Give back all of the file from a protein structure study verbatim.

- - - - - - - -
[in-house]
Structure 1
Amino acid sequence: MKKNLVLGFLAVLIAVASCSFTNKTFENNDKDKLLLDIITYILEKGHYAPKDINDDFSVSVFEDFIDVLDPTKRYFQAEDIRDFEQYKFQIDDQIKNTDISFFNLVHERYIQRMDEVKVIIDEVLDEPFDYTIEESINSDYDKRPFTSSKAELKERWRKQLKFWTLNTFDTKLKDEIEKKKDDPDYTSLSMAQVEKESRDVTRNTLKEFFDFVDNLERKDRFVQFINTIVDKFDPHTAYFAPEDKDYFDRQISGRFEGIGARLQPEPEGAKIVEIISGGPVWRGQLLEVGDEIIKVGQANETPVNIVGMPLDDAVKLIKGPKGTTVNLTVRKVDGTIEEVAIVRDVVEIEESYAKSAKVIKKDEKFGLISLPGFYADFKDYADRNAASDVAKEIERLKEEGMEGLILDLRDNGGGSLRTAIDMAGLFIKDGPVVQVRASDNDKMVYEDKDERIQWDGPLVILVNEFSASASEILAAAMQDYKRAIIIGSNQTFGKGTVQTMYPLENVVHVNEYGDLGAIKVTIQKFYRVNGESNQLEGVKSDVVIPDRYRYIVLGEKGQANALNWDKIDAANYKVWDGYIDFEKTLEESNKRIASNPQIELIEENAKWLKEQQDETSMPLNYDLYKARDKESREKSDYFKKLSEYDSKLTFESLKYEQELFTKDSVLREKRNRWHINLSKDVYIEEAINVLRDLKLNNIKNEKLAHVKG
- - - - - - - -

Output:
[in-house]
Structure 1
Amino acid sequence: MKKNLVLGFLAVLIAVASCSFTNKTFENNDKDKLLLDIITYILEKGHYAPKDINDDFSVSVFEDFIDVLDPTKRYFQAEDIRDFEQYKFQIDDQIKNTDISFFNLVHERYIQRMDEVKVIIDEVLDEPFDYTIEESINSDYDKRPFTSSKAELKERWRKQLKFWTLNTFDTKLKDEIEKKKDDPDYTSLSMAQVEKESRDVTRNTLKEFFDFVDNLERKDRFVQFINTIVDKFDPHTAYFAPEDKDYFDRQISGRFEGIGARLQPEPEGAKIVEIISGGPVWRGQLLEVGDEIIKVGQANETPVNIVGMPLDDAVKLIKGPKGTTVNLTVRKVDGTIEEVAIVRDVVEIEESYAKSAKVIKKDEKFGLISLPGFYADFKDYADRNAASDVAKEIERLKEEGMEGLILDLRDNGGGSLRTAIDMAGLFIKDGPVVQVRASDNDKMVYEDKDERIQWDGPLVILVNEFSASASEILAAAMQDYKRAIIIGSNQTFGKGTVQTMYPLENVVHVNEYGDLGAIKVTIQKFYRVNGESNQLEGVKSDVVIPDRYRYIVLGEKGQANALNWDKIDAANYKVWDGYIDFEKTLEESNKRIASNPQIELIEENAKWLKEQQDETSMPLNYDLYKARDKESREKSDYFKKLSEYDSKLTFESLKYEQELFTKDSVLREKRNRWHINLSKDVYIEEAINVLRDLKLNNIKNEKLAHVKG